An out-of-shape sportswriter can't do justice to The Barwis Way. We'll just let the coach tell it. His routine combines Olympic lifts, conventional lifts, balance and functional training, injury prevention, "prehab," plyometrics as well as impulse, speed, core and agility training.
It is all part of a reshaping of a buttoned-up, stiff-upper-lip institution, maybe forever. Come on in, put your feet up in Schembechler Hall. When was the last time you saw Lloyd Carr lounging around his office in shorts and tennies? That's Rich Rod this summer as he settles in. The offense goes from pro style to Rodriguez's spread option which will be playing, at times, at light speed. Could those beefy All-American Michigan linemen of the past have kept up?
More importantly, with all this upheaval, can Rodriguez and staff get Michigan back to being Michigan? The program isn't cracked -- 20 wins the past two seasons -- maybe just smudged. Ohio State is dominating Michigan and the Big Ten. Appalachian State still hangs out there like a carbuncle on Heidi Klum's grill.
"There probably used to be a day and age where we would go out of the tunnel in that winged helmet and that would be worth 10 or 14 points," Rodriguez said. "Those days are over. We can use it ... but we can't count on it to give us any points."
When it comes to weight training, Barwis refers to the lump of football Play-Doh he inherited as "100-something freshmen." Compared to West Virginia, the average Michigan lineman is "a little taller but the body fat was lot higher." Most of the Wolverines, he said, had never clean lifted before in their lives. Under Barwis, everyone started out with 10 reps at 135 pounds. One of the prize pupils, defensive tackle Will Johnson, is now doing four reps in the clean at 335 and bench pressing 515 pounds. Junior defensive end Brandon Graham sliced his weight from 287 to 255 and saw his bench press go from 315 pounds to 430.
What does this have to do with getting Michigan's mojo back? Plenty. Rodriguez has been consistent in giving his strength coach much of the credit for the rise of West Virginia. Mountaineers linebacker Marc Magro came in at 207 pounds, running 5.19 in the 40. He left after last season weighing 250 having shaved almost a half-second off his 40 (running 4.7 seconds). Division III transfer Owen Schmitt developed into a punishing fullback who played with such ferocity that he routinely caved in his facemask. Ask quarterback Pat White how much he owes to Barwis for his speed (and Heisman candidacy).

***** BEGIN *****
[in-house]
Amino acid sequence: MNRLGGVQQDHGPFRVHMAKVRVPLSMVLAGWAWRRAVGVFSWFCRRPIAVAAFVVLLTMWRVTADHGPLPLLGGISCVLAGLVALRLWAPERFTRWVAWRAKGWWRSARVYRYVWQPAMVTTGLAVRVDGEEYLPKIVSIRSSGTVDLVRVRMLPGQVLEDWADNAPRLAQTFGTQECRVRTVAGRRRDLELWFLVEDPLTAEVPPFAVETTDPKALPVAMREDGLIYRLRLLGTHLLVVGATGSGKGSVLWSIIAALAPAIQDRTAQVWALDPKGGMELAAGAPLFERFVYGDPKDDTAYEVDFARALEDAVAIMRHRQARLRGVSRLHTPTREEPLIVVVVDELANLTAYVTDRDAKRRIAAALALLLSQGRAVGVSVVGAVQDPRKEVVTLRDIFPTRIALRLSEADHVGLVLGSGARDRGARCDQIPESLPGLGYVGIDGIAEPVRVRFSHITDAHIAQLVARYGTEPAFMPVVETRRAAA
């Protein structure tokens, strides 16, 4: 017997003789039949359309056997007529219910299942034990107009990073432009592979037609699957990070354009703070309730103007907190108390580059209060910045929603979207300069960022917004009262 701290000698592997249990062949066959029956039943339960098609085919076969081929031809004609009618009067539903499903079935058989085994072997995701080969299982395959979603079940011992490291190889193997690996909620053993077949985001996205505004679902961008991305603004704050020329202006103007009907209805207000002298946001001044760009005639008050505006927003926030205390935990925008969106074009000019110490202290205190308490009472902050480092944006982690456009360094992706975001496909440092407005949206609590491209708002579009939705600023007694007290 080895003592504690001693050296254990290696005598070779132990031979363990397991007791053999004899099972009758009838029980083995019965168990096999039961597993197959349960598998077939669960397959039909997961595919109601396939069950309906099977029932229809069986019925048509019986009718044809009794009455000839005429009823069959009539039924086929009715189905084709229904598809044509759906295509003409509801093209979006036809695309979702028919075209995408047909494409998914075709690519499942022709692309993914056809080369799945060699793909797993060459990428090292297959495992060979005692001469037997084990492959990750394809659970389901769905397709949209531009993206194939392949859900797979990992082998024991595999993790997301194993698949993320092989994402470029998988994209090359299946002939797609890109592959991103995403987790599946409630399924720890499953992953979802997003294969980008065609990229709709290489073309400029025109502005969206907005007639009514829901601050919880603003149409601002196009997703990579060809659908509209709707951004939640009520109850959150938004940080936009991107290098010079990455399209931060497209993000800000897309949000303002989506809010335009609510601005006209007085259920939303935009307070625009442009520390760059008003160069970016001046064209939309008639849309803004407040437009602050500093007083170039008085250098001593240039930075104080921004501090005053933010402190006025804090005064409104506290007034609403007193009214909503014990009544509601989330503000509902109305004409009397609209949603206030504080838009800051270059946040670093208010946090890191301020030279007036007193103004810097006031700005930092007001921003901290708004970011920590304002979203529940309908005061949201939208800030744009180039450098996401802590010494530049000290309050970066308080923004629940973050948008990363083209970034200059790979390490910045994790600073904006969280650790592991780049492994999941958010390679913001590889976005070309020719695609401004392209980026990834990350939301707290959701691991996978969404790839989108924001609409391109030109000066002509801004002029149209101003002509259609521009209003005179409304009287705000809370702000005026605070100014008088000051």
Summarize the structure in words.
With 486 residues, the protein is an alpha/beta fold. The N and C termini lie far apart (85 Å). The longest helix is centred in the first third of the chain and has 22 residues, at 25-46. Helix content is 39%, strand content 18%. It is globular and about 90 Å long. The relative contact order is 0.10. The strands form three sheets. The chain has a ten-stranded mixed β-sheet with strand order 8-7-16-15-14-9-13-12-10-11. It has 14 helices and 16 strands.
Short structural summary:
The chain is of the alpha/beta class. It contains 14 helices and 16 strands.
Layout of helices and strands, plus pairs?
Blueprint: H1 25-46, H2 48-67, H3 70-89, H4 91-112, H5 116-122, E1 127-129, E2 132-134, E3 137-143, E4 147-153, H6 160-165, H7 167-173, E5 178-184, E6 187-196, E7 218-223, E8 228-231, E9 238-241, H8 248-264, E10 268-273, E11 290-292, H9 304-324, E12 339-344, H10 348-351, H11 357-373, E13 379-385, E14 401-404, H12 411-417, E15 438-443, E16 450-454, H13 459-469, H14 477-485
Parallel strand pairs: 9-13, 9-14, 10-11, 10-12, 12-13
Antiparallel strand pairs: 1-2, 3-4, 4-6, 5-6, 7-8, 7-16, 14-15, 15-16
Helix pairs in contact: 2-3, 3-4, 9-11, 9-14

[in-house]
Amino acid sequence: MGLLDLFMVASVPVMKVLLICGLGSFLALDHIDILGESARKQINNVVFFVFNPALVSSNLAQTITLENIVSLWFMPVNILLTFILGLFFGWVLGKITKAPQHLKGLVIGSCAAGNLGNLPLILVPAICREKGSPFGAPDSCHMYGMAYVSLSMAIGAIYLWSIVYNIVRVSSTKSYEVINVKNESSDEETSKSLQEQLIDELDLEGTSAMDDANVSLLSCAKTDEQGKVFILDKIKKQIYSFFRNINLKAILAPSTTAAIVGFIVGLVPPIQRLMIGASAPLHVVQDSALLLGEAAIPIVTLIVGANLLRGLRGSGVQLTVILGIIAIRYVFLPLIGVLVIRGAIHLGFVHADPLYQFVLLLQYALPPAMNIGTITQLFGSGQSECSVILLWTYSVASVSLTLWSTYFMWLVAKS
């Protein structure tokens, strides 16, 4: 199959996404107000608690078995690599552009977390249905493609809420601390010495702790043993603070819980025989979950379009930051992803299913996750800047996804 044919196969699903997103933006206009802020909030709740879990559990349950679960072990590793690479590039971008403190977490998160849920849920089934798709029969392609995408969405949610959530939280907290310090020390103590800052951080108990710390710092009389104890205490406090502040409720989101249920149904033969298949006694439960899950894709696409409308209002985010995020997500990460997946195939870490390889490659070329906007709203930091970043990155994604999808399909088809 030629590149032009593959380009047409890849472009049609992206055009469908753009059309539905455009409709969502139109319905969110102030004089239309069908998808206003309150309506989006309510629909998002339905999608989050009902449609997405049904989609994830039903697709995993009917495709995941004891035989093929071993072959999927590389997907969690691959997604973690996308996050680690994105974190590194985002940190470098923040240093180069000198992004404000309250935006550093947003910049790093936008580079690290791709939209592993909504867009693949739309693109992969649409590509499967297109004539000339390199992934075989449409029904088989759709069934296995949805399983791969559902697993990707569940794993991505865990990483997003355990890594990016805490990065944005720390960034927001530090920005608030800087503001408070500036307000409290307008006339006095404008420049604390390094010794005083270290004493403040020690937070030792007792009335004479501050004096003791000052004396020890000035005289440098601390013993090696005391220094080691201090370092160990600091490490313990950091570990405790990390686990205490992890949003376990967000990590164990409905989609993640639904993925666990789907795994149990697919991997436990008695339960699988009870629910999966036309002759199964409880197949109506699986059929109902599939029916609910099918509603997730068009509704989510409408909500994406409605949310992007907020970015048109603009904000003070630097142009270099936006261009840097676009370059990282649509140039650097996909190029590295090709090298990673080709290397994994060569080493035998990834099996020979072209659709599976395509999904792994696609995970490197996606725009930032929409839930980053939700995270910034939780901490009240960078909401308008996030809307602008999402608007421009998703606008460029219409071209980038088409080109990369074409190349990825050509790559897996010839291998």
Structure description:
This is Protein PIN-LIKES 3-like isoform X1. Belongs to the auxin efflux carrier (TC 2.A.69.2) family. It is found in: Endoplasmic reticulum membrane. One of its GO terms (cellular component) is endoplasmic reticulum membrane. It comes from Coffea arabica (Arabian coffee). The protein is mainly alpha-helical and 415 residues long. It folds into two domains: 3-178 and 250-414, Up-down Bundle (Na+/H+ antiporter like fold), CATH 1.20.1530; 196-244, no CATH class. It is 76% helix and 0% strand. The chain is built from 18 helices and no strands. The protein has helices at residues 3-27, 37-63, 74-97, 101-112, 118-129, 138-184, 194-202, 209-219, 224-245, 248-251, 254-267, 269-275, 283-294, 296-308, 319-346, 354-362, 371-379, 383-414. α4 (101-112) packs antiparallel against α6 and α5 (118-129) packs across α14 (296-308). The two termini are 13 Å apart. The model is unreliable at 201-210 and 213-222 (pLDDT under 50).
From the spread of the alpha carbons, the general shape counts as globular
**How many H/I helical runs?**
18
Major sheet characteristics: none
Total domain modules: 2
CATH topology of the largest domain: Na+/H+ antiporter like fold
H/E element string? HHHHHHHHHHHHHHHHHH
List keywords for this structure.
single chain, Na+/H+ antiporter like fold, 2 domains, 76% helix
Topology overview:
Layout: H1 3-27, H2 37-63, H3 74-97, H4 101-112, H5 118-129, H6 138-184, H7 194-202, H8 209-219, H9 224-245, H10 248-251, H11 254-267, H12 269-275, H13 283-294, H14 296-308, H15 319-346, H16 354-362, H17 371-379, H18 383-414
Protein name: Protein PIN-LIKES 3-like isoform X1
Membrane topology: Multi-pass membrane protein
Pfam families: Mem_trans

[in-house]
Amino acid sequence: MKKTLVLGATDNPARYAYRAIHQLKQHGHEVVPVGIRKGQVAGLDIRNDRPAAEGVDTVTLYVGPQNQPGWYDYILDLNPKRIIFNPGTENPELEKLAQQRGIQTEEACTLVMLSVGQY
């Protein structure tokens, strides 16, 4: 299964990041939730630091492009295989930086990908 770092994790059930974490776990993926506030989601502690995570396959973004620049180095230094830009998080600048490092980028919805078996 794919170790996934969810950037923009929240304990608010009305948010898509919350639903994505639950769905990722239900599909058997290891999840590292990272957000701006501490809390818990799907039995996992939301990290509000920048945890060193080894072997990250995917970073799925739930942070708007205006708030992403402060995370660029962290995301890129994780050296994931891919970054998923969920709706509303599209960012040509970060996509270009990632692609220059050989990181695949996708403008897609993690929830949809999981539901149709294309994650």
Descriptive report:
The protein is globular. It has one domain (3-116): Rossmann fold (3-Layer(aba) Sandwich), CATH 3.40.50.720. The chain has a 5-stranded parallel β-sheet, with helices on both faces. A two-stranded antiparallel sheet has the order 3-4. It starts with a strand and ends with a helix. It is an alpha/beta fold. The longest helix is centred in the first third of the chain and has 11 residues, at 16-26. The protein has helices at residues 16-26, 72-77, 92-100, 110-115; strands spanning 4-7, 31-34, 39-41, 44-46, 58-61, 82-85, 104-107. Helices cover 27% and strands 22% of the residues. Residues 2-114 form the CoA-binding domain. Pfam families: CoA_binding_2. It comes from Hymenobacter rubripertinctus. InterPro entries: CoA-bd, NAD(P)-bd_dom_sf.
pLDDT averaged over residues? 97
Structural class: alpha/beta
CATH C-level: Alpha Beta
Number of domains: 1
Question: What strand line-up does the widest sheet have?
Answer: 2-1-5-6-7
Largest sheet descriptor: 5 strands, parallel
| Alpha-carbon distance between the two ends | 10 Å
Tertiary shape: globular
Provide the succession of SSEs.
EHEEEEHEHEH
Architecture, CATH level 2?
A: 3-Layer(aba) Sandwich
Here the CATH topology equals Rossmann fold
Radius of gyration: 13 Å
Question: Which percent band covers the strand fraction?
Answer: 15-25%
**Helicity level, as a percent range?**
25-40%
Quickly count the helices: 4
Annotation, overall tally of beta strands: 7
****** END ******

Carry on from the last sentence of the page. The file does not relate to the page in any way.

"Everybody gets stronger in our program," Barwis said. "Everybody always gets faster in our program."
Seville believes it. Some of his West Virginia loyalties have transferred to Michigan because he actually likes the people that left. That's hard to believe in the acidic offseason climate created in Morgantown. It was back in 2000, but Seville still remembers his short time with West Virginia's strength coach. Barwis came in for his get-acquainted speech to the wrestling team. Paint peeled. Five wrestlers quit during warmups and one cried during practice, said Seville, now a student at Dallas Theological Seminary.
"Everything gets exaggerated over time," Barwis said.
Not in this detail. Seville recalled Law School Hill, an insane incline that Barwis required the wrestlers to run.
"It gets so steep at the top that you have to put your hand down (for balance)," he said. "People come down backwards because if you come down forward, you'll fall. A friend showed up late and did 42 Law Center Hills."
Presumably, the friend is still alive.
At 6-feet-6 and 225 pounds, Michigan quarterback Steven Threet will never be confused with White, but after spending one offseason with Barwis, he feels faster. That's a big part of what the coach is building. After all the plyometrics and core training, Michigan still has to build mental strength.
"We have to scare people again," Threet said. "There used to be a certain intimidation factor. You'd see Michigan run out and touch the banner and you knew you were in for a long day. Some of that has started to go away."